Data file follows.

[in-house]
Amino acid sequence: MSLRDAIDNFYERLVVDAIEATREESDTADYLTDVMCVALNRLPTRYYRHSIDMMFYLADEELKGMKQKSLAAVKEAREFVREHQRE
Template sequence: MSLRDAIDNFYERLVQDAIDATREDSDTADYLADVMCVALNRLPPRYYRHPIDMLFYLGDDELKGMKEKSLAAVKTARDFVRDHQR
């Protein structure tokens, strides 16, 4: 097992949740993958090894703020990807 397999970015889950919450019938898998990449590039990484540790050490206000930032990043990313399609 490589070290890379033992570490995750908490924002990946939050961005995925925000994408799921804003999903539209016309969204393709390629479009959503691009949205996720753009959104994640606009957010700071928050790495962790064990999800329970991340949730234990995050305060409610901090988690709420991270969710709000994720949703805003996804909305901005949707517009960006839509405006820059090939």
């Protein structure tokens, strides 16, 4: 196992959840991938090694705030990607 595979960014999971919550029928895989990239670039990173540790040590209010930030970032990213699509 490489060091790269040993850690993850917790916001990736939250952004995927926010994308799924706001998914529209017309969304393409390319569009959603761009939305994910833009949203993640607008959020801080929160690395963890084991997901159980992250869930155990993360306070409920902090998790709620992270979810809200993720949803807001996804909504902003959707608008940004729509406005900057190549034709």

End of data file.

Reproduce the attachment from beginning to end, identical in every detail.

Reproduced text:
[in-house]
Amino acid sequence: MSLRDAIDNFYERLVVDAIEATREESDTADYLTDVMCVALNRLPTRYYRHSIDMMFYLADEELKGMKQKSLAAVKEAREFVREHQRE
Template sequence: MSLRDAIDNFYERLVQDAIDATREDSDTADYLADVMCVALNRLPPRYYRHPIDMLFYLGDDELKGMKEKSLAAVKTARDFVRDHQR
């Protein structure tokens, strides 16, 4: 097992949740993958090894703020990807 397999970015889950919450019938898998990449590039990484540790050490206000930032990043990313399609 490589070290890379033992570490995750908490924002990946939050961005995925925000994408799921804003999903539209016309969204393709390629479009959503691009949205996720753009959104994640606009957010700071928050790495962790064990999800329970991340949730234990995050305060409610901090988690709420991270969710709000994720949703805003996804909305901005949707517009960006839509405006820059090939």
């Protein structure tokens, strides 16, 4: 196992959840991938090694705030990607 595979960014999971919550029928895989990239670039990173540790040590209010930030970032990213699509 490489060091790269040993850690993850917790916001990736939250952004995927926010994308799924706001998914529209017309969304393409390319569009959603761009939305994910833009949203993640607008959020801080929160690395963890084991997901159980992250869930155990993360306070409920902090998790709620992270979810809200993720949803807001996804909504902003959707608008940004729509406005900057190549034709």